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Hot Off The Press

Photo By Dorit Beller De-Beer

The sounds of the heavy steps rushing up and down in the building's stairwell would alway startle me. I'd quickly fall back asleep and forget about it. Later when I woke up I would open the door, and there it laid, that crisp brand new newspaper. 

Every day without fail this managed give me that little ting of exciting joy 'oh what interesting piece of news will I discover today'. It held a sense of promise. 

Never mind that on some occasions I was lucky enough to be part of the team that helped bring the newspaper to life, translating away foreign news items that would hit the AP or Reuters feed (and this pre facebook age mind you). 

Newspapers are exciting and I forgot how much they are. 

Recently with the new political atmosphere we made a decision, we need to go back and become more media literate, know our facts, dig deeper to a story. Prompt our kids to see headlines, ask questions, expose them beyond the sheltered world which they are so so privilege to live in. Quest beyond a feed.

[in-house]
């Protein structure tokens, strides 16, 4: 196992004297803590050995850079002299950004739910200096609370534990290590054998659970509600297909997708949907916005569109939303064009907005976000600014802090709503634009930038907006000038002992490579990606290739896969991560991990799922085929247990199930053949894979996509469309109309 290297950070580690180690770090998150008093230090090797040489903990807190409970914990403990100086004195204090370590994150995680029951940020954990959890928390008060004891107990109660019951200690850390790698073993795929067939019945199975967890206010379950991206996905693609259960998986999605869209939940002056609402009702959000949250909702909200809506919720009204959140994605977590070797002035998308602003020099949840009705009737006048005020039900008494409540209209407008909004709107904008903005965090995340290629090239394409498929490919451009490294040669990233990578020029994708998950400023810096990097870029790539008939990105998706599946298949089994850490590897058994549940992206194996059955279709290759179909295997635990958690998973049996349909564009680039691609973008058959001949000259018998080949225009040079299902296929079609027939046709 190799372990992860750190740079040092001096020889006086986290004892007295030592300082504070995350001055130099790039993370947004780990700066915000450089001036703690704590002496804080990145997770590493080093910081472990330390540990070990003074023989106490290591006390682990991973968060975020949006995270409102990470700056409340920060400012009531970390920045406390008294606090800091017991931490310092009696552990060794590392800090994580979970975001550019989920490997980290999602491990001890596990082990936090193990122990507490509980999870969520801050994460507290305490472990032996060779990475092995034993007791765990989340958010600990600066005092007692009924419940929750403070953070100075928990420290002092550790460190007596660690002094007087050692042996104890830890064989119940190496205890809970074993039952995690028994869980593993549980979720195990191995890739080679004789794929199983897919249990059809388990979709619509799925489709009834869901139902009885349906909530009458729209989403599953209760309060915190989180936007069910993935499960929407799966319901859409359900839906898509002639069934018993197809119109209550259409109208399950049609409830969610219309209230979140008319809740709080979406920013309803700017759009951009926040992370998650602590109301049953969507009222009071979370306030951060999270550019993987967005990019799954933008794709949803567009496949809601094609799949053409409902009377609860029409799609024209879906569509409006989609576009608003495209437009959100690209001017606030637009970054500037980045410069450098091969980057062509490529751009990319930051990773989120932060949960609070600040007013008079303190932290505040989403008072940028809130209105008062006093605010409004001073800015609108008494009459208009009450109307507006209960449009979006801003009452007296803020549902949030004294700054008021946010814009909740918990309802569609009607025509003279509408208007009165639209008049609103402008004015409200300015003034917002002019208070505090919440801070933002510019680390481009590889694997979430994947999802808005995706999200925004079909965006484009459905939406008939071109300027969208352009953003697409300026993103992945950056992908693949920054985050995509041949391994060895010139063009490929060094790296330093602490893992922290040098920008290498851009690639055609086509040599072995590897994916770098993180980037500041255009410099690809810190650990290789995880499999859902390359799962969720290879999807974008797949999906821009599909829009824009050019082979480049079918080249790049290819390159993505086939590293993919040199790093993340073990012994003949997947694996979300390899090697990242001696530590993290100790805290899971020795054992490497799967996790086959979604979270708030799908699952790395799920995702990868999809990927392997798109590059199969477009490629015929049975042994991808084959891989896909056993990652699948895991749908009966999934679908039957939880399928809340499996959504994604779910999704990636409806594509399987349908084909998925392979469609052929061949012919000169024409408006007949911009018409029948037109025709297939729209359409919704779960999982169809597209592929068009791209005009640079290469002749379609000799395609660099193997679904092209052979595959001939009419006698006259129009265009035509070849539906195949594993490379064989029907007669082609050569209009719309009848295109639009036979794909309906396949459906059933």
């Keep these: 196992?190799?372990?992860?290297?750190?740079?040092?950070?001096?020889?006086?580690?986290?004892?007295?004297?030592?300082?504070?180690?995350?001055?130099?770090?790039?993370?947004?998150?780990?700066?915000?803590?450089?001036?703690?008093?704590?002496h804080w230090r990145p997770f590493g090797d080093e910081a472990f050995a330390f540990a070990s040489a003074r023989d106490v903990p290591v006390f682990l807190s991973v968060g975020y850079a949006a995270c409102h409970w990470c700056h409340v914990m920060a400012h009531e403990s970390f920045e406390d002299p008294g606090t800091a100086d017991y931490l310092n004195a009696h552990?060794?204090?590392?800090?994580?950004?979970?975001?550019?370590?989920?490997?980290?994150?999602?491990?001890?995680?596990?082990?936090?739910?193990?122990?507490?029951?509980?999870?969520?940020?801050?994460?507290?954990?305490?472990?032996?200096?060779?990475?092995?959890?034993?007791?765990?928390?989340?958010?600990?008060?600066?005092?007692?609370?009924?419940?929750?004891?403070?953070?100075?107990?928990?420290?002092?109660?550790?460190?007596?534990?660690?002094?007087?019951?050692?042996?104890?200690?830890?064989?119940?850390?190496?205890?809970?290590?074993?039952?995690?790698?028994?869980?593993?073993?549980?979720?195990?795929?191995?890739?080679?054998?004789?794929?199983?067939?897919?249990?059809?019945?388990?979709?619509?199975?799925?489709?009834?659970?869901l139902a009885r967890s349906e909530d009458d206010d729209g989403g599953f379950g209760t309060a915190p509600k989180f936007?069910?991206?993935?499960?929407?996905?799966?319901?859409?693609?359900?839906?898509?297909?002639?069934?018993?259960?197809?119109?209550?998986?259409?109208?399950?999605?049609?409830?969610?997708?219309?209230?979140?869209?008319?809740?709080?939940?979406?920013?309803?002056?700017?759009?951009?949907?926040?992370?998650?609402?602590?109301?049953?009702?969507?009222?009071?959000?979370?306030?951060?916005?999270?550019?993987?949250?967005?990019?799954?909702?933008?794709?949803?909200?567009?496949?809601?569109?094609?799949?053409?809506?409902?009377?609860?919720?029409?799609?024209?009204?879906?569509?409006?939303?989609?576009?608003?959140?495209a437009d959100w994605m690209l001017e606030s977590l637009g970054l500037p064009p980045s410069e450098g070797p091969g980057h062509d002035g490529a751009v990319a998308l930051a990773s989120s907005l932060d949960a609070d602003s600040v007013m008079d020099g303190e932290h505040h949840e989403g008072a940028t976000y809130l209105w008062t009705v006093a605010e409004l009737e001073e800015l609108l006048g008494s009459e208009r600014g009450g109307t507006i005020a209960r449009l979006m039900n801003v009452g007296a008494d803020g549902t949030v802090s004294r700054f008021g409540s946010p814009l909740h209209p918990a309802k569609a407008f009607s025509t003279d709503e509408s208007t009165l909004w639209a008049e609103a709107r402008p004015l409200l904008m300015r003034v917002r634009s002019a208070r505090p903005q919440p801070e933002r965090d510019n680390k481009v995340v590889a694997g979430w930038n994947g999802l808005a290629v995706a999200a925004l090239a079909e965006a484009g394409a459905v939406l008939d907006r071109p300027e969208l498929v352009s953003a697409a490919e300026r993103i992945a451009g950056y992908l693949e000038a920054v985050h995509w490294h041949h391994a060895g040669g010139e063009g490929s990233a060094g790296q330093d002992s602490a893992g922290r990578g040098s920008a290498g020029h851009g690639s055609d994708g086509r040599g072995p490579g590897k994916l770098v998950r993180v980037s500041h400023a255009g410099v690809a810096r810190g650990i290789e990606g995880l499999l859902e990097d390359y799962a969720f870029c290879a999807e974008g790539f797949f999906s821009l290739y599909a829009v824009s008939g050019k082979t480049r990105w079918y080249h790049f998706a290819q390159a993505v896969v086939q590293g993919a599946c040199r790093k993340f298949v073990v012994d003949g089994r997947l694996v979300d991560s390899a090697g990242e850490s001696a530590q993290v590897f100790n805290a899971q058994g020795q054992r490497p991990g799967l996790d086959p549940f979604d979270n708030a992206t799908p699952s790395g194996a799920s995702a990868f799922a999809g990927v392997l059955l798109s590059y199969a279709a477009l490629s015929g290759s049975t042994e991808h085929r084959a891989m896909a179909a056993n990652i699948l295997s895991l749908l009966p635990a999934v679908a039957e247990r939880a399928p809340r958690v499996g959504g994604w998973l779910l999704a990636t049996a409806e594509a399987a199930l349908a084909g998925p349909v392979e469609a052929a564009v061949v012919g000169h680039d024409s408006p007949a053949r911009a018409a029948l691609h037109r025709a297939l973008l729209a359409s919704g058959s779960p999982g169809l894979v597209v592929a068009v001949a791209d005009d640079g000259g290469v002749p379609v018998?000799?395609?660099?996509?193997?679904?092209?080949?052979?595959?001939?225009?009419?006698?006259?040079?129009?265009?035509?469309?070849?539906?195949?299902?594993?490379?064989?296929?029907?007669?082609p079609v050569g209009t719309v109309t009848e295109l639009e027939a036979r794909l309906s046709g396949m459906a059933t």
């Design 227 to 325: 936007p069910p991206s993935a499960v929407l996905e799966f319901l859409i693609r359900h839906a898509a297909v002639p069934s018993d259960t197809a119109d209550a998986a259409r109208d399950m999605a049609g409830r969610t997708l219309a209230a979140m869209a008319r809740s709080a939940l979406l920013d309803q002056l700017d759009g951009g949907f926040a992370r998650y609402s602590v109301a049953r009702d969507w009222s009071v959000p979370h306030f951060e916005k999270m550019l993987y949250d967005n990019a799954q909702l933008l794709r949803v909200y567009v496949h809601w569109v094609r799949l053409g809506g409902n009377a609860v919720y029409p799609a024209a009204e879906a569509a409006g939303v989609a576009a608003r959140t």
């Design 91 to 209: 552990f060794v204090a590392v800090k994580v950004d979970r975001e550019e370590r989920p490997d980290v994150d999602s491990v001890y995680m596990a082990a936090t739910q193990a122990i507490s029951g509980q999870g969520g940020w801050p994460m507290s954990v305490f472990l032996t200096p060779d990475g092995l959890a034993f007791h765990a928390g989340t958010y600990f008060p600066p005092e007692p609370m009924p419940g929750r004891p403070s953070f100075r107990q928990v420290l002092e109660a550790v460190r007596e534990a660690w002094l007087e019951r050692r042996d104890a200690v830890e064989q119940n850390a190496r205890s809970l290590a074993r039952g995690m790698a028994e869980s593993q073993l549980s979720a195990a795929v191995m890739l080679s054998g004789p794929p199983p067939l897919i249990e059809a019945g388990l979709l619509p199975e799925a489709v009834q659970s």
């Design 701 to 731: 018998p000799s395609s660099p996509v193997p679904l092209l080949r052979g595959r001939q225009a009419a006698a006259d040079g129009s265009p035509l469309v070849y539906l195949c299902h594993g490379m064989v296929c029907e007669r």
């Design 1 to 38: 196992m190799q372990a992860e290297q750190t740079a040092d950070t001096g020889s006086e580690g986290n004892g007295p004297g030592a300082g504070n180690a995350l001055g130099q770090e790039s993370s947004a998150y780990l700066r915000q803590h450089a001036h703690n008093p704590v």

That is starting to happen, but I also noticed some other things happen. 

I noticed how mono-news-feed assaulted we are, how the structure of a broadsheet paper allows you to physically pick and chose what and how much you want to read. How shallow our news feeds have become, how hard it is to sit and actually read through a whole article of more than 200 words. How limiting it is to our thought process when the news feed is algorithm curated to you, without the freedom of accidental diversion from a set path. The sense of adventure is lost, and with it the joy of discovery. Something very crucial to humans is slowly extinguishing, the deep sense of curiosity that drives us to challenge what is around us, and create new things that have deeper meaning. 

I was reminded how having limited physical space, as you do with printed matter, makes for better higher quality writing, that content put into print creates a bigger commitment to the subject matter. 

Same as with literal spaces, the more constraints one has the more accurate and thoughtful the design of that space will be. That sometimes less is more. 

And that I still have that small ting of excitement in me to see what the front page headline would be. That I like stepping outside in the cold for just a second to grab the paper, smell the crisp air, pause and readjust my new/old found rhythm to a start of a new day. 


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